Integrated care systems (ICS) will have funded community pharmacy integration leads from 2022/2023, Ed Waller, director of personalised care at NHS England and NHS Improvement has said.
Waller made the announcement in a session on the NHS white paper on integration and innovation at The Pharmacy Show 2021, held in Birmingham on 18 October 2021. He explained to delegates that the funded roles would be used to support transition to ICSs, with those holding the roles taking responsibility for leading implementation of community pharmacy clinical services locally.
The funding will support the posts for two years from 2022/2023 and will be paid for by the pharmacy integration fund (PhIF), which was established in 2016 to accelerate the integration of pharmacy professionals across health and care systems.
The PhIF will also pay for the creation of new regional senior pharmacy integration roles, which Waller said would sit below regional chief pharmacists.
“[These roles will] draw on the experience of other senior clinical pharmacy roles at regional level, supporting implementation and delivery of new services through clinical engagement,” he said.
ICSs are local partnerships across healthcare organisations that meet health and care needs across a geographical area. They were part of the ‘NHS long-term plan’, which was published in January 2019, and have been driven locally, seeking to remove barriers between health and local authority services. They originally grew out of sustainability and transformation partnerships, which were formed in 2016 to develop long-term plans for the future of health and care services.
Commenting on the announcement, Alastair Buxton, director of NHS services at the Pharmaceutical Services Negotiating Committee (PSNC), said that better integration of community pharmacy and its services within the wider health and care system was “at the heart of the agreed programme within the five-year ‘Community pharmacy contractual framework‘ (CPCF)”.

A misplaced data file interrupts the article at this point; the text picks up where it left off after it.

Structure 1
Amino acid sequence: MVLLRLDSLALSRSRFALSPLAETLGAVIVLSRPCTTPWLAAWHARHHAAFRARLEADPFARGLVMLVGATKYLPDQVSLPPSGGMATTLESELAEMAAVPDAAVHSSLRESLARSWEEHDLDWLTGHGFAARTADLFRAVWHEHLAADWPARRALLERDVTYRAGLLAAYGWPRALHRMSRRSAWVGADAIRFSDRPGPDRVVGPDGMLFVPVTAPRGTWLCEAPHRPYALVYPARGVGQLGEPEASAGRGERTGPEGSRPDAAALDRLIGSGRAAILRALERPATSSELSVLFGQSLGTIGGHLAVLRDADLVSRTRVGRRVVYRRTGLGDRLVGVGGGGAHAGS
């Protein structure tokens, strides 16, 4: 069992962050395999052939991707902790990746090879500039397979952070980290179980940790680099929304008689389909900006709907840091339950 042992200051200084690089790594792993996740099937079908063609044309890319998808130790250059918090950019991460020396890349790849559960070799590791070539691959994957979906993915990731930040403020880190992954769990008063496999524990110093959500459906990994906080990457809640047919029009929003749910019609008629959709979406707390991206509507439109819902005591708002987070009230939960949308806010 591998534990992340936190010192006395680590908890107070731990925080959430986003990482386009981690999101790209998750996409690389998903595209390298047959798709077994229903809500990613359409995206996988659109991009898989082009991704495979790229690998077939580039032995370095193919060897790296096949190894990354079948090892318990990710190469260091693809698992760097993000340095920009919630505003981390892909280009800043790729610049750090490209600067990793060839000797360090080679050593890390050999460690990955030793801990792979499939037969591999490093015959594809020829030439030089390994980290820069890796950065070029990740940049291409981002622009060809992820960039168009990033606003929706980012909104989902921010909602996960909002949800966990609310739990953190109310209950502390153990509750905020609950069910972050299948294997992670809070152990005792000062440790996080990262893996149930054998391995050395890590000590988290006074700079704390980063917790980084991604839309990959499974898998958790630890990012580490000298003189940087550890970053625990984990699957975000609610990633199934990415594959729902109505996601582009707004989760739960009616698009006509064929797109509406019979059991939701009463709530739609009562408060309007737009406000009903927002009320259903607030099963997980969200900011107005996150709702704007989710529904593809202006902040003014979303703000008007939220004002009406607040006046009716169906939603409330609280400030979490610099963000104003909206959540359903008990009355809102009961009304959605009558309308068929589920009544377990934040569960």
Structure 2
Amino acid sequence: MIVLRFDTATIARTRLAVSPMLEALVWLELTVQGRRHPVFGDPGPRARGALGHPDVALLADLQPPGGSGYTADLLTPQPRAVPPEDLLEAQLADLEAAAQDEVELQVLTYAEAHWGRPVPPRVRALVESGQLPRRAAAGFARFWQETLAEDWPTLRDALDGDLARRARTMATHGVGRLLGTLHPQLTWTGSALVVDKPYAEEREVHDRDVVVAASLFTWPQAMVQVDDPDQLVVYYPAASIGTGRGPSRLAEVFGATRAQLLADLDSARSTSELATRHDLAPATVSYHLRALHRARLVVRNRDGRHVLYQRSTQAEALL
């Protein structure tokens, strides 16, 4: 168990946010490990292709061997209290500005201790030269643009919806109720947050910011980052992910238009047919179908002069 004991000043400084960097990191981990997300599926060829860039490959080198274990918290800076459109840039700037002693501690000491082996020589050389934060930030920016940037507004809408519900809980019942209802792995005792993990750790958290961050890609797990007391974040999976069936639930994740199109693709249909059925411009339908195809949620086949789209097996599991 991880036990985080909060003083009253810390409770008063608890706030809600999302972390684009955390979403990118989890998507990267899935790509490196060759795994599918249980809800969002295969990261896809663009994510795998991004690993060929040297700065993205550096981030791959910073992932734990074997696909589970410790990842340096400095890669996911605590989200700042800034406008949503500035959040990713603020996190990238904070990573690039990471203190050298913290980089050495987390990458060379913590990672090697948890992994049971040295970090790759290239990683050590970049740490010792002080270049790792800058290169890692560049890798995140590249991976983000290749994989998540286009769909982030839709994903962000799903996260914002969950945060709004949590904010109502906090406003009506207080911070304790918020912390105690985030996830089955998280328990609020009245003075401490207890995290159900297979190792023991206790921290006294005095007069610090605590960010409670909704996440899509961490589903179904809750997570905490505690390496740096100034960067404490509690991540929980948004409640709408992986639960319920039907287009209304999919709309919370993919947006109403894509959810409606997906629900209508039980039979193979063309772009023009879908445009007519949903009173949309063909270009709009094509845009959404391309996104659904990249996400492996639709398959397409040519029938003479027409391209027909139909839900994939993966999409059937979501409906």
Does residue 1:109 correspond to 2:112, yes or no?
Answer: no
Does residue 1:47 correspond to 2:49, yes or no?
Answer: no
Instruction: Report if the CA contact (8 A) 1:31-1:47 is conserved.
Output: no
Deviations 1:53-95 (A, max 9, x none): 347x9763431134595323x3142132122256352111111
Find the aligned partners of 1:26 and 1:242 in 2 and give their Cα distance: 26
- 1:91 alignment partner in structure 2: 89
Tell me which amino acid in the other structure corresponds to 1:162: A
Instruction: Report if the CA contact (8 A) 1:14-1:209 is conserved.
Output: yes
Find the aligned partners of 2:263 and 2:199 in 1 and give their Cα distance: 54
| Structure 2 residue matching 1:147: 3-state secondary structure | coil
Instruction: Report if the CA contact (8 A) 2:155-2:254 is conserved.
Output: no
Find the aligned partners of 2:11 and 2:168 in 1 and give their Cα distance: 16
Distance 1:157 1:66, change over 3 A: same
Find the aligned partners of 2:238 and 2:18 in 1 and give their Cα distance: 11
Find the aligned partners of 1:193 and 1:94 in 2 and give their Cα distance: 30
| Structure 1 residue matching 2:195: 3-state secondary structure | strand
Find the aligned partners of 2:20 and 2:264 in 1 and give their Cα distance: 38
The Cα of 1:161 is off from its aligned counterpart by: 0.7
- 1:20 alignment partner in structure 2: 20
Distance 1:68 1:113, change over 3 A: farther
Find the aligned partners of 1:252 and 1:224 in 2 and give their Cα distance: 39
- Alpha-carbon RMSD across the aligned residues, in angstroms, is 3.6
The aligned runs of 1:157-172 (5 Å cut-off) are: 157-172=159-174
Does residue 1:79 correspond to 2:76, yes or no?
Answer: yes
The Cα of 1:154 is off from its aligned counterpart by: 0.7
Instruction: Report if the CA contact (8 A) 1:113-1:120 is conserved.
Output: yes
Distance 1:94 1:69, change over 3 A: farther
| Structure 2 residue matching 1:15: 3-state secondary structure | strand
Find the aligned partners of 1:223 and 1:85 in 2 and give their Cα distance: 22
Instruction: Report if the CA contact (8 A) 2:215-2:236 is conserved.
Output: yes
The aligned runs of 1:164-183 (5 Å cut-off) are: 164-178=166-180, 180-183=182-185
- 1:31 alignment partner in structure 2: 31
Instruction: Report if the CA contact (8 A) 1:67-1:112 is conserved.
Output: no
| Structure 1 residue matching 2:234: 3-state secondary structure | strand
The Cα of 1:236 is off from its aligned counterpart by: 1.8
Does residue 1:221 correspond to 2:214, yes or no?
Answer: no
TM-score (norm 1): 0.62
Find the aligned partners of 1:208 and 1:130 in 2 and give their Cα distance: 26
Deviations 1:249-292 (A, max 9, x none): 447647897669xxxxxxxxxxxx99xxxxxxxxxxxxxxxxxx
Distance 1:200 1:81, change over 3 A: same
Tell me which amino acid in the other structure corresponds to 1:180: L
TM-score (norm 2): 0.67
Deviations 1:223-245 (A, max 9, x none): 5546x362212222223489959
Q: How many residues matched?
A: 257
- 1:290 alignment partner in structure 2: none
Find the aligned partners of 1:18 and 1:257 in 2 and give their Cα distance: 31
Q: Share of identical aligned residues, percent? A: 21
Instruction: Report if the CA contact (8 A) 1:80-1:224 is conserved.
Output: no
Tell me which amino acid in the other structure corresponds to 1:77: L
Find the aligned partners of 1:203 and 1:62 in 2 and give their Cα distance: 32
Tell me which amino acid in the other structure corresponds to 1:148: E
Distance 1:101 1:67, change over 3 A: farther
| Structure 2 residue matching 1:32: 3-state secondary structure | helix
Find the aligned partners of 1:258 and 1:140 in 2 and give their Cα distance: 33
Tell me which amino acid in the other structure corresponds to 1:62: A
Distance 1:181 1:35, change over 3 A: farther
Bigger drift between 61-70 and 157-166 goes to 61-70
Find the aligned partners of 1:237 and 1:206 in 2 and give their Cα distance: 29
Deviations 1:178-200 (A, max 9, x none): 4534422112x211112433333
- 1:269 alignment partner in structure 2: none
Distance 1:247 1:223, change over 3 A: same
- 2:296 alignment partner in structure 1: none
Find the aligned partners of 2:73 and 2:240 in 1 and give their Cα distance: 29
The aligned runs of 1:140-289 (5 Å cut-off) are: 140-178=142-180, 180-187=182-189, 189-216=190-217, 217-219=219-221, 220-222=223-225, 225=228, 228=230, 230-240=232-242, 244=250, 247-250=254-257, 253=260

“This integration requires relationships to be developed or enhanced with colleagues in primary care networks (PCN), at place level and within ICSs; anything that can help facilitate this, such as NHS England and NHS Improvement’s planned investment in ICS integration leads, is to be welcomed,” he added.
“There is also a need for investment to support community pharmacy PCN leads to work with clinical directors and others in their PCN to improve team working and collaboration to the benefit of patients.”
Thorrun Govind, chair of the Royal Pharmaceutical Society’s English Pharmacy Board, commented: “[It is] great to see the NHS investing in local and regional pharmacy leadership to support pharmacy integration and help make new services a success.
“As we look ahead to the NHS recovery, pharmacists will be central to driving collaboration across the health service and enhancing patient care, safety and medicines optimisation.
“These new roles must now get the time, support and resources they need to have an impact and deliver better outcomes for their local populations.”
In September 2021, pharmacy bodies — including the PSNC — wrote to the parliamentary committee scrutinising the ongoing Health and Social Care Bill, demanding that pharmacists should be represented on the proposed new integrated care boards. These boards would be required to form an integrated care partnership and take on commissioning responsibilities from clinical commissioning groups.
- This article was corrected on 21 October 2021 to adjust the title of the ‘Community pharmacy contractual framework’